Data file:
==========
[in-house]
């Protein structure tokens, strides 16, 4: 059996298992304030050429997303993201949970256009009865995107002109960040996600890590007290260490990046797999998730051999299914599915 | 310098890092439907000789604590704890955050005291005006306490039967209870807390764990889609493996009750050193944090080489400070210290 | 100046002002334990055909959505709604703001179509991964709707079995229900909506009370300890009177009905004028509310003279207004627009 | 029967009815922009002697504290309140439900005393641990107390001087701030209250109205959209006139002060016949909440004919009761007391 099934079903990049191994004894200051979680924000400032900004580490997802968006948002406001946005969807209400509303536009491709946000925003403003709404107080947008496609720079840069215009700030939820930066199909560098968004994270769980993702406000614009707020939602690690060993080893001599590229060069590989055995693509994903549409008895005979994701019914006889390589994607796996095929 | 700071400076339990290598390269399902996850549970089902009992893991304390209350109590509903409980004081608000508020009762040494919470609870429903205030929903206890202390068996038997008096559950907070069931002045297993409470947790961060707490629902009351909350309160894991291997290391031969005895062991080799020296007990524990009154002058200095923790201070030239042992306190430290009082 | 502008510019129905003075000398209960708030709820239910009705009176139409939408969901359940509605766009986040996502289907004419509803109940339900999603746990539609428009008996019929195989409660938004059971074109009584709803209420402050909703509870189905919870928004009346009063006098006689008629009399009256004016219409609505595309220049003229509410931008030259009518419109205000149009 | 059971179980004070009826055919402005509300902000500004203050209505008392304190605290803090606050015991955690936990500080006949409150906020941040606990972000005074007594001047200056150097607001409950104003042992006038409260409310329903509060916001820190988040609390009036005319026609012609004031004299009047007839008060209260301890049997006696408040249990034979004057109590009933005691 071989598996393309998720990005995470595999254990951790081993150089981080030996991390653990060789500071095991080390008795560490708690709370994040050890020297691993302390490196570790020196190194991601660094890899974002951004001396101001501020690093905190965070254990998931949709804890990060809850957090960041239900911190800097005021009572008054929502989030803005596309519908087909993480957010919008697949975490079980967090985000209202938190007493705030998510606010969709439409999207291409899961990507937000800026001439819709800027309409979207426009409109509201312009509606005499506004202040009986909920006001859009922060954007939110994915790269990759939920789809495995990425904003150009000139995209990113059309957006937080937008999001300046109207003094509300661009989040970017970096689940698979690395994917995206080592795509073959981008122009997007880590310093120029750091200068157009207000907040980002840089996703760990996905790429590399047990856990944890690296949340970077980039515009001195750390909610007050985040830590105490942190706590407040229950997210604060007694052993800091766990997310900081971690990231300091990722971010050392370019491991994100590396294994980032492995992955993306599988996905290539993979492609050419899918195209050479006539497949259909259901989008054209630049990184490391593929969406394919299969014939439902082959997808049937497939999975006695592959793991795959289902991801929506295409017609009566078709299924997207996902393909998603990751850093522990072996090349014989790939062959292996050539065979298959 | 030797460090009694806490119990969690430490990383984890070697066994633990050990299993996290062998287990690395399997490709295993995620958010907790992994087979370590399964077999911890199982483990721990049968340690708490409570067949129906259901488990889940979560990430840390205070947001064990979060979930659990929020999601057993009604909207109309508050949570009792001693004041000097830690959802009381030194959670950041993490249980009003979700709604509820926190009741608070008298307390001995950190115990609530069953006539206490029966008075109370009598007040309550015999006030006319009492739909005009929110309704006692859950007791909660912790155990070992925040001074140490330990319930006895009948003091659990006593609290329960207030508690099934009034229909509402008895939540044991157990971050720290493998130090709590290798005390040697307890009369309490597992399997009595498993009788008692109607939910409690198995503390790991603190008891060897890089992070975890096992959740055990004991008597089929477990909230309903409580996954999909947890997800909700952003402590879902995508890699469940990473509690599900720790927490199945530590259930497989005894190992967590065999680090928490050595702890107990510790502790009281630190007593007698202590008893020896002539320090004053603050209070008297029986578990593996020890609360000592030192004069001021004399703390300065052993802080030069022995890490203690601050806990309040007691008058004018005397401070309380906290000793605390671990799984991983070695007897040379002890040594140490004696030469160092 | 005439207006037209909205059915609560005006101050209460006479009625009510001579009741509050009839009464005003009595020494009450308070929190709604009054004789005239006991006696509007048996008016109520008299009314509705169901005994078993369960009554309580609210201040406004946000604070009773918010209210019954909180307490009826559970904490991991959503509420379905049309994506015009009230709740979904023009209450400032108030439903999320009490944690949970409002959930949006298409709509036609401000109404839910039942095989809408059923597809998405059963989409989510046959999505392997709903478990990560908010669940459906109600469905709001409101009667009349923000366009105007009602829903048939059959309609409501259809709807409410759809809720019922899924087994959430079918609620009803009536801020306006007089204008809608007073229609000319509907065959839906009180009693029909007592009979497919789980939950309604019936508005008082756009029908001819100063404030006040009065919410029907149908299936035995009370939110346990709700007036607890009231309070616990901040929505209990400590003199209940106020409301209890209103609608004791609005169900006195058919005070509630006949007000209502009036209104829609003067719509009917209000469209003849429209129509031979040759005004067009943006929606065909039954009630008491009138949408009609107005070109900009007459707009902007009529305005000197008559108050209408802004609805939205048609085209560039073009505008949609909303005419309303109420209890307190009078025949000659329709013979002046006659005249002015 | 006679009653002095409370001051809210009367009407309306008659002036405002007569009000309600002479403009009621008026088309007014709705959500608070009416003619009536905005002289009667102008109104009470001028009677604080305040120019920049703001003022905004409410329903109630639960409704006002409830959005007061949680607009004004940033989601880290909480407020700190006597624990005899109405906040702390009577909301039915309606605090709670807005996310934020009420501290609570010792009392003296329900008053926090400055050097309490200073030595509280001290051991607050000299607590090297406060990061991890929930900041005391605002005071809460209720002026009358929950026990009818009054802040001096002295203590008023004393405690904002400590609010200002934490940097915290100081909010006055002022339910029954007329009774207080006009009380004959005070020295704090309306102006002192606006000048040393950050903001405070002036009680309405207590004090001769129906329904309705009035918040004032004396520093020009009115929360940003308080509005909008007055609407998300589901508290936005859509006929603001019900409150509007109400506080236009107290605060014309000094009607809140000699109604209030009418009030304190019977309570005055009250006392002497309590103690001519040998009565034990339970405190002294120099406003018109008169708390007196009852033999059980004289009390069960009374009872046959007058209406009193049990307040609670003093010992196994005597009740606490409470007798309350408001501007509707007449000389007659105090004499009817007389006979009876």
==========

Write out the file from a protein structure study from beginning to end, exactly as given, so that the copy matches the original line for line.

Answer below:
[in-house]
């Protein structure tokens, strides 16, 4: 059996298992304030050429997303993201949970256009009865995107002109960040996600890590007290260490990046797999998730051999299914599915 | 310098890092439907000789604590704890955050005291005006306490039967209870807390764990889609493996009750050193944090080489400070210290 | 100046002002334990055909959505709604703001179509991964709707079995229900909506009370300890009177009905004028509310003279207004627009 | 029967009815922009002697504290309140439900005393641990107390001087701030209250109205959209006139002060016949909440004919009761007391 099934079903990049191994004894200051979680924000400032900004580490997802968006948002406001946005969807209400509303536009491709946000925003403003709404107080947008496609720079840069215009700030939820930066199909560098968004994270769980993702406000614009707020939602690690060993080893001599590229060069590989055995693509994903549409008895005979994701019914006889390589994607796996095929 | 700071400076339990290598390269399902996850549970089902009992893991304390209350109590509903409980004081608000508020009762040494919470609870429903205030929903206890202390068996038997008096559950907070069931002045297993409470947790961060707490629902009351909350309160894991291997290391031969005895062991080799020296007990524990009154002058200095923790201070030239042992306190430290009082 | 502008510019129905003075000398209960708030709820239910009705009176139409939408969901359940509605766009986040996502289907004419509803109940339900999603746990539609428009008996019929195989409660938004059971074109009584709803209420402050909703509870189905919870928004009346009063006098006689008629009399009256004016219409609505595309220049003229509410931008030259009518419109205000149009 | 059971179980004070009826055919402005509300902000500004203050209505008392304190605290803090606050015991955690936990500080006949409150906020941040606990972000005074007594001047200056150097607001409950104003042992006038409260409310329903509060916001820190988040609390009036005319026609012609004031004299009047007839008060209260301890049997006696408040249990034979004057109590009933005691 071989598996393309998720990005995470595999254990951790081993150089981080030996991390653990060789500071095991080390008795560490708690709370994040050890020297691993302390490196570790020196190194991601660094890899974002951004001396101001501020690093905190965070254990998931949709804890990060809850957090960041239900911190800097005021009572008054929502989030803005596309519908087909993480957010919008697949975490079980967090985000209202938190007493705030998510606010969709439409999207291409899961990507937000800026001439819709800027309409979207426009409109509201312009509606005499506004202040009986909920006001859009922060954007939110994915790269990759939920789809495995990425904003150009000139995209990113059309957006937080937008999001300046109207003094509300661009989040970017970096689940698979690395994917995206080592795509073959981008122009997007880590310093120029750091200068157009207000907040980002840089996703760990996905790429590399047990856990944890690296949340970077980039515009001195750390909610007050985040830590105490942190706590407040229950997210604060007694052993800091766990997310900081971690990231300091990722971010050392370019491991994100590396294994980032492995992955993306599988996905290539993979492609050419899918195209050479006539497949259909259901989008054209630049990184490391593929969406394919299969014939439902082959997808049937497939999975006695592959793991795959289902991801929506295409017609009566078709299924997207996902393909998603990751850093522990072996090349014989790939062959292996050539065979298959 | 030797460090009694806490119990969690430490990383984890070697066994633990050990299993996290062998287990690395399997490709295993995620958010907790992994087979370590399964077999911890199982483990721990049968340690708490409570067949129906259901488990889940979560990430840390205070947001064990979060979930659990929020999601057993009604909207109309508050949570009792001693004041000097830690959802009381030194959670950041993490249980009003979700709604509820926190009741608070008298307390001995950190115990609530069953006539206490029966008075109370009598007040309550015999006030006319009492739909005009929110309704006692859950007791909660912790155990070992925040001074140490330990319930006895009948003091659990006593609290329960207030508690099934009034229909509402008895939540044991157990971050720290493998130090709590290798005390040697307890009369309490597992399997009595498993009788008692109607939910409690198995503390790991603190008891060897890089992070975890096992959740055990004991008597089929477990909230309903409580996954999909947890997800909700952003402590879902995508890699469940990473509690599900720790927490199945530590259930497989005894190992967590065999680090928490050595702890107990510790502790009281630190007593007698202590008893020896002539320090004053603050209070008297029986578990593996020890609360000592030192004069001021004399703390300065052993802080030069022995890490203690601050806990309040007691008058004018005397401070309380906290000793605390671990799984991983070695007897040379002890040594140490004696030469160092 | 005439207006037209909205059915609560005006101050209460006479009625009510001579009741509050009839009464005003009595020494009450308070929190709604009054004789005239006991006696509007048996008016109520008299009314509705169901005994078993369960009554309580609210201040406004946000604070009773918010209210019954909180307490009826559970904490991991959503509420379905049309994506015009009230709740979904023009209450400032108030439903999320009490944690949970409002959930949006298409709509036609401000109404839910039942095989809408059923597809998405059963989409989510046959999505392997709903478990990560908010669940459906109600469905709001409101009667009349923000366009105007009602829903048939059959309609409501259809709807409410759809809720019922899924087994959430079918609620009803009536801020306006007089204008809608007073229609000319509907065959839906009180009693029909007592009979497919789980939950309604019936508005008082756009029908001819100063404030006040009065919410029907149908299936035995009370939110346990709700007036607890009231309070616990901040929505209990400590003199209940106020409301209890209103609608004791609005169900006195058919005070509630006949007000209502009036209104829609003067719509009917209000469209003849429209129509031979040759005004067009943006929606065909039954009630008491009138949408009609107005070109900009007459707009902007009529305005000197008559108050209408802004609805939205048609085209560039073009505008949609909303005419309303109420209890307190009078025949000659329709013979002046006659005249002015 | 006679009653002095409370001051809210009367009407309306008659002036405002007569009000309600002479403009009621008026088309007014709705959500608070009416003619009536905005002289009667102008109104009470001028009677604080305040120019920049703001003022905004409410329903109630639960409704006002409830959005007061949680607009004004940033989601880290909480407020700190006597624990005899109405906040702390009577909301039915309606605090709670807005996310934020009420501290609570010792009392003296329900008053926090400055050097309490200073030595509280001290051991607050000299607590090297406060990061991890929930900041005391605002005071809460209720002026009358929950026990009818009054802040001096002295203590008023004393405690904002400590609010200002934490940097915290100081909010006055002022339910029954007329009774207080006009009380004959005070020295704090309306102006002192606006000048040393950050903001405070002036009680309405207590004090001769129906329904309705009035918040004032004396520093020009009115929360940003308080509005909008007055609407998300589901508290936005859509006929603001019900409150509007109400506080236009107290605060014309000094009607809140000699109604209030009418009030304190019977309570005055009250006392002497309590103690001519040998009565034990339970405190002294120099406003018109008169708390007196009852033999059980004289009390069960009374009872046959007058209406009193049990307040609670003093010992196994005597009740606490409470007798309350408001501007509707007449000389007659105090004499009817007389006979009876």